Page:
3 Div. 182.
January 11, 1916. On Rehearing, April 2, 1918.
Appeal from Circuit Court, Montgomery County; W.W. Pearson, Judge.
Action by Pauline Well against the Travelers' Insurance Company. Judgment for defendant, and plaintiff appeals. Originally affirmed by the Court of Appeals, but reversed and remanded in obedience to the ruling of the Supreme Court in 201 Ala. 409, 78 So. 528.
The action was based on the policy of life insurance issued by appellee on January 21, 1898, on the life of Charles W. Jones, whereby it agreed to pay to the executors, administrators, or assigns of said Jones $1,000 on proof of his death. The policy contained the following clause:
"It is hereby further agreed that after two years from the date hereof, the only conditions which shall be binding upon the holder of this policy are that he shall pay the premiums at the time and place, and in the manner stipulated in said policy. In all other respects, if this policy matures after the expiration of two years, the payment of the same shall not be disputed."
Jones, after having been duly tried and convicted for murder, some years subsequent to the issuance of the policy, was executed on the 4th of April, 1913. The complaint was in Code form, and to this complaint the defendant pleaded that insured had been tried and legally convicted and executed under said conviction. Demurrer was overruled to this plea, and plaintiff filed the following replication:
(2) The policy sued on contains the following provision: (Here follows the provision of the above policy as set out in the above quotation.) And plaintiff says that the premiums on said policy were paid as provided in said policy up to the time of the death of the insured.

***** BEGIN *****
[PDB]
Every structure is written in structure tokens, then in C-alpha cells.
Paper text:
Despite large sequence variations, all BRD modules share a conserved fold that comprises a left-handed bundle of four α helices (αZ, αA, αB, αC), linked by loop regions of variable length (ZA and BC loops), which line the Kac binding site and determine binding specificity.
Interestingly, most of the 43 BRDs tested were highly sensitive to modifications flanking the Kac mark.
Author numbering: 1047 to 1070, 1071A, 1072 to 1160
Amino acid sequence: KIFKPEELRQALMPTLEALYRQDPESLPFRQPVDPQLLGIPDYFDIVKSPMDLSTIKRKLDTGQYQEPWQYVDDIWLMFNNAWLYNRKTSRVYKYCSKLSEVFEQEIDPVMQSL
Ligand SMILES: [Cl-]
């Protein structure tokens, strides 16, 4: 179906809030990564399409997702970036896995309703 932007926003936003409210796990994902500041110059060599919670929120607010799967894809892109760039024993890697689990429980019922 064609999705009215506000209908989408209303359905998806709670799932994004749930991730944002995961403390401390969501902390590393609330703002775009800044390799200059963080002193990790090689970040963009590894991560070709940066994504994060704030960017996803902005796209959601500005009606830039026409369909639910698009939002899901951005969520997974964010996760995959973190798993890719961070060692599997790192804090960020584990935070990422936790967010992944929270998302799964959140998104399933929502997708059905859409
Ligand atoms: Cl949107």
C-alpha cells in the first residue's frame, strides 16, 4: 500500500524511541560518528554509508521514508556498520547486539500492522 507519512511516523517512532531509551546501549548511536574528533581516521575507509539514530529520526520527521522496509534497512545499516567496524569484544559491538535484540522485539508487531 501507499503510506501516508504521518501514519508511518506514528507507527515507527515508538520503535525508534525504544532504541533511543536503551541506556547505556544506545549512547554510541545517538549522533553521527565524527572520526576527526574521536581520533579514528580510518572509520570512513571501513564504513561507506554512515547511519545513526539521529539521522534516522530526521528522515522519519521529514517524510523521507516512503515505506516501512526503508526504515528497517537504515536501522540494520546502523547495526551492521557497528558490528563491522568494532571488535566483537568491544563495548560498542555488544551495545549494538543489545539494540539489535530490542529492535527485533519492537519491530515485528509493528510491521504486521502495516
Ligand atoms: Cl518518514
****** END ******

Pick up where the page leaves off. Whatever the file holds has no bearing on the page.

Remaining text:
(3) That said policy sued on was originally made payable to the executors, administrators, or assigns of the said Charles W. Jones, the insured. That subsequently, to wit, on April 14, 1898, the said Charles W. Jones for value transferred or assigned in writing said policy to Abraham Weil, of Montgomery, Ala., his executors, administrators, or assigns, a copy of which assignment was furnished to defendant in this case, as provided by the terms of the policy sued on. That subsequently, to wit, during the year 1908, said Abraham Weil was adjudicated a bankrupt by an order of the District Court of the United States for the Northern Division of the Middle District of Alabama. That subsequently George Stuart, as trustee in bankrupt of the estate of said Abraham, transferred and sold the assets of said Abraham Weil, including the said policy, to the New Farley National Bank of Montgomery, Ala., and subsequently, to wit, during the said year 1908, said New Farley National Bank sold and transferred all of the assets of the said Abraham Weil, including the said policy of insurance, to plaintiff in this case. That from the time of the transfer of the said policy by said Charles W. Jones to said Abraham Weil, up to and including the time of the death of said Charles W. Jones, all premiums accruing under the provisions of said policy were paid by said Abraham Weil and plaintiff in this case to defendant in this case, or its agents, and said premiums were accepted by defendant, through its agents, knowing that the same were paid by said Abraham Weil and plaintiff and receipts given therefor. And plaintiff says that said policy contained no provision or condition forfeiting or making the same void in the event said Charles W. Jones was legally executed.